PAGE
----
Currently there are ~6 million Americans who are affected by dementia. Verbal fluency tasks have been commonly and frequently utilized to document the disease progression in many forms of dementia. Verb fluency has been found to display substantial potential to detect and monitor the cognitive declines of individuals with dementia who have fronto-striatal involvement. The neural substrates underlying verb fluency task performance, however, have remained unclear so far, especially in individuals with dementia. Therefore, in the current study, brain activation patterns of seven individuals with dementia and nine healthy older adults were investigated using functional MRI. The participants performed in the scanner an overt, subject-paced verb fluency task, representative of fluency tasks used in clinical settings. The brain activation patterns during the verb fluency task were compared between the two groups, and a correlational analysis was conducted to determine the neural correlates of verb fluency performance. The results suggest that compared to healthy older adults, individuals with dementia demonstrated poorer verb fluency performance and showed higher activation in specific neural regions, such as the bilateral frontal lobe. In addition, the correlational analysis revealed that poorer verb fluency performance lead to increased activation in certain cortical and subcortical areas, including left hippocampus and right supramarginal gyrus. The current findings are consistent with previous neurophysiological findings related to semantic (noun) fluency performance in older adults and individuals with dementia and add to the empirical evidence that supports the role of the frontal lobe and hippocampus in verb retrieval and search. Declines in verb fluency performance cannot only be used as a cognitive marker, but also represent neuropathological changes due to the neurodegenerative disease.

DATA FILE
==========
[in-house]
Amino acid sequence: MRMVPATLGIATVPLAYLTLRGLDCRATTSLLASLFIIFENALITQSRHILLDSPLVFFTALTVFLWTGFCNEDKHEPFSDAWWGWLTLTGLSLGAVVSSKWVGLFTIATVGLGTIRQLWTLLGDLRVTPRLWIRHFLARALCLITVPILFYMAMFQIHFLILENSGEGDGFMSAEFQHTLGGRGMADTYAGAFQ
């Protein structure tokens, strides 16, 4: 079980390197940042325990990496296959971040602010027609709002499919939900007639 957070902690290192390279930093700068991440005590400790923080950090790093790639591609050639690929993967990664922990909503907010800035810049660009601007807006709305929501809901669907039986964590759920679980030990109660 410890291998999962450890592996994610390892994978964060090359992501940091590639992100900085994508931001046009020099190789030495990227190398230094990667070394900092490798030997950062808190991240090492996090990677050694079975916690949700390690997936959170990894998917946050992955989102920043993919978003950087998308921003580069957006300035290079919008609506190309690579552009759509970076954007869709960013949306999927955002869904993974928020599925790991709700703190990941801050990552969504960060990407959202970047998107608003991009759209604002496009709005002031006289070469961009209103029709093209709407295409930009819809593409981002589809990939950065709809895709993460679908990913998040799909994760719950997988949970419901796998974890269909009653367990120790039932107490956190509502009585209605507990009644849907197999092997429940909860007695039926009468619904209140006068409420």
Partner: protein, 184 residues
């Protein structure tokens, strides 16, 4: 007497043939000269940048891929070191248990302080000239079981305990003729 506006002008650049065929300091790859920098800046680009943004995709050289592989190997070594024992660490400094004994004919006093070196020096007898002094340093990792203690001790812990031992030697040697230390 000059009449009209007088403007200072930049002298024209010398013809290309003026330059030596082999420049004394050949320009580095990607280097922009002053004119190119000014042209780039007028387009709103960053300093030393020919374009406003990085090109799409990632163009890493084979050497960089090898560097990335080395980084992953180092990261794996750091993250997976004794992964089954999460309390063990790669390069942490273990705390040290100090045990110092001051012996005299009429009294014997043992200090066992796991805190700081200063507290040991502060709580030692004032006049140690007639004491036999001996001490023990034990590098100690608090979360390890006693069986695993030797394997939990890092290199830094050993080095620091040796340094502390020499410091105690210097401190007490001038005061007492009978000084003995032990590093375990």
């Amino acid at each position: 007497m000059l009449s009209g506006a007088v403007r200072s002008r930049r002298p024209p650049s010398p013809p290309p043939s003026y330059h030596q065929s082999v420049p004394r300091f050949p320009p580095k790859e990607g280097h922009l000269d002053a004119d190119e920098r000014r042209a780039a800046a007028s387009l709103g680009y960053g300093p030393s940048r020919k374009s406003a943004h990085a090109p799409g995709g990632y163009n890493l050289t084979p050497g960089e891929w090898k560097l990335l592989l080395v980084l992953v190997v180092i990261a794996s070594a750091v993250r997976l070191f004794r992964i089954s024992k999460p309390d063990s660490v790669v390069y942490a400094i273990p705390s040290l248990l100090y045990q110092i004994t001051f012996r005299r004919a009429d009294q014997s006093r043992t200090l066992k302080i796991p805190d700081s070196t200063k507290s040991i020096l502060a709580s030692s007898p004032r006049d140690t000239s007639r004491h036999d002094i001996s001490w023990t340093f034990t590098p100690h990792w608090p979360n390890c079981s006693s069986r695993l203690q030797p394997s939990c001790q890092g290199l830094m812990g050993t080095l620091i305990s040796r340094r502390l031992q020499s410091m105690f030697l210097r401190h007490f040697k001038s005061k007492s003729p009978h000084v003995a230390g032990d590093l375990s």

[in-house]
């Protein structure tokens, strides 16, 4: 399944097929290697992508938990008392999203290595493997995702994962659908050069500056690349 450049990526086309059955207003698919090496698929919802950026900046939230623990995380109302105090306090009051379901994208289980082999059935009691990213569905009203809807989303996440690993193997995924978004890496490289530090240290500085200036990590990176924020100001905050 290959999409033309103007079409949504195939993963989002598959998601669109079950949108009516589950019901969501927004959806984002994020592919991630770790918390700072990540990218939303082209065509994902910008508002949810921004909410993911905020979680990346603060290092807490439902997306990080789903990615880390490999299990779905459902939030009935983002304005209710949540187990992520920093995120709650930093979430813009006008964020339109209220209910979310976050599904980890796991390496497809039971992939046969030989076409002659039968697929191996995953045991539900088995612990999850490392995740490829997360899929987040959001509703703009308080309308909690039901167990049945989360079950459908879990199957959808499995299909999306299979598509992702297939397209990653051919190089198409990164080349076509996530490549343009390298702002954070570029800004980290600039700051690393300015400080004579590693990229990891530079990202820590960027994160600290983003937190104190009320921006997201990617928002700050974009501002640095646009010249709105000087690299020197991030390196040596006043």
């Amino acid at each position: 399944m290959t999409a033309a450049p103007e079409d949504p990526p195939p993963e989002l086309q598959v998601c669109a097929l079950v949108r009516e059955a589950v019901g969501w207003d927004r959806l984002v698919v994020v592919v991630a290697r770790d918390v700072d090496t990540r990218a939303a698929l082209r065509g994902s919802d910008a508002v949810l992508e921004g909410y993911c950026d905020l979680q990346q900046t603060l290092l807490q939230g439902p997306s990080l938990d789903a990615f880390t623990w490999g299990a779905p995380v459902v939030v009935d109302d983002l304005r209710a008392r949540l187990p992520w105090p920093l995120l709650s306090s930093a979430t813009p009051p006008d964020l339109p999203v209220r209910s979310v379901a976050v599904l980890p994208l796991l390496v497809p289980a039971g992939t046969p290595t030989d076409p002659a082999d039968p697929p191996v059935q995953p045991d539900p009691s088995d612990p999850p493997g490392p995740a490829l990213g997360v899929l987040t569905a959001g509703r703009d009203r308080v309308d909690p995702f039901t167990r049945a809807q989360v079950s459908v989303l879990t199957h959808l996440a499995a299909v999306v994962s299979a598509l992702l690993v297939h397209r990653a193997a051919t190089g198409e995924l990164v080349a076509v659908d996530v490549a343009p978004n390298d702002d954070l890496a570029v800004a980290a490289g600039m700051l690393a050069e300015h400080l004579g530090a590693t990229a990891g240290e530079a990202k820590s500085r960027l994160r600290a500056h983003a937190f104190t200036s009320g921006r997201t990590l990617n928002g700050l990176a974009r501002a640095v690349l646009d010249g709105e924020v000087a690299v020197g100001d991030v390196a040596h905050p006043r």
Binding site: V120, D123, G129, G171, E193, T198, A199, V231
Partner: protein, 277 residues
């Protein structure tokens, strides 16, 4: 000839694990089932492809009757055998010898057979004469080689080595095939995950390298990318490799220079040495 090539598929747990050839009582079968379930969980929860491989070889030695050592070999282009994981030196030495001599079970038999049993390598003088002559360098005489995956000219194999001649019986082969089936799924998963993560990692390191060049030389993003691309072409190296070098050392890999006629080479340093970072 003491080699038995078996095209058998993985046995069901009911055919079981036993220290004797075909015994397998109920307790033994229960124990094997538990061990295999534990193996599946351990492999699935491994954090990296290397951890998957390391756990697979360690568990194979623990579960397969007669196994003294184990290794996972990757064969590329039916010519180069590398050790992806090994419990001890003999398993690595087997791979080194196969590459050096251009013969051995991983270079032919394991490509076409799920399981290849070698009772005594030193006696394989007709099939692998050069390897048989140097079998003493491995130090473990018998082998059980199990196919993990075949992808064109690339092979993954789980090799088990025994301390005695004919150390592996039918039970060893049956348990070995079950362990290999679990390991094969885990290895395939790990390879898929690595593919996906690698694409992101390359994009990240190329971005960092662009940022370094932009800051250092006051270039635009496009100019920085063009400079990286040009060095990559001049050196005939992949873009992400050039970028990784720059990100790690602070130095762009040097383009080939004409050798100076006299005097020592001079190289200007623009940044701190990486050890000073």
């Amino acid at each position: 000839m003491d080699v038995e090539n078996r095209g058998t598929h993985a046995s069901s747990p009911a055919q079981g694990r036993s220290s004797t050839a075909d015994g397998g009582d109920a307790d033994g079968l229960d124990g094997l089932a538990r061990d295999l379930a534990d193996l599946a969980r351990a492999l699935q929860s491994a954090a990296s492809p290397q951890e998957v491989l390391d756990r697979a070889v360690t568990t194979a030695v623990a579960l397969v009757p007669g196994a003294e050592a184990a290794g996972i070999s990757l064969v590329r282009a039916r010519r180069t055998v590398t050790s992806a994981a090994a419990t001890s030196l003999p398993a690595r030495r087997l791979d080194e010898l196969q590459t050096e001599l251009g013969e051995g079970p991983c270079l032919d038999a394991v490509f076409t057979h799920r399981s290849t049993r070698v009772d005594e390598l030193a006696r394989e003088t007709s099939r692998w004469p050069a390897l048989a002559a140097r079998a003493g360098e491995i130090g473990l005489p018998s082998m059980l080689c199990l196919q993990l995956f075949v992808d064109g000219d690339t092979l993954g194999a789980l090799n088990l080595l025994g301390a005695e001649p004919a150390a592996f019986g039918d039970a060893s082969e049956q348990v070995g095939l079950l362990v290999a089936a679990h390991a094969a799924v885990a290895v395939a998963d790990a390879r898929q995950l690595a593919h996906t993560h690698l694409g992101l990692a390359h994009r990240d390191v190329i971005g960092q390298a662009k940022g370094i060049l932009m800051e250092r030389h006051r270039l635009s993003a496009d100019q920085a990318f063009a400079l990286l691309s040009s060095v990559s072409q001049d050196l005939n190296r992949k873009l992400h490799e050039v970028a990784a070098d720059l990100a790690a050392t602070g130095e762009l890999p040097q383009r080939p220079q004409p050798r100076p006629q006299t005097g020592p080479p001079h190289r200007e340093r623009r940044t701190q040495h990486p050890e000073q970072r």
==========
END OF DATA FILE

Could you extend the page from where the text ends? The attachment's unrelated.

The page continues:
Keywords: action fluency; dementia; fMRI; hippocampus; neural correlates; neurodegenerative disease; verb fluency.
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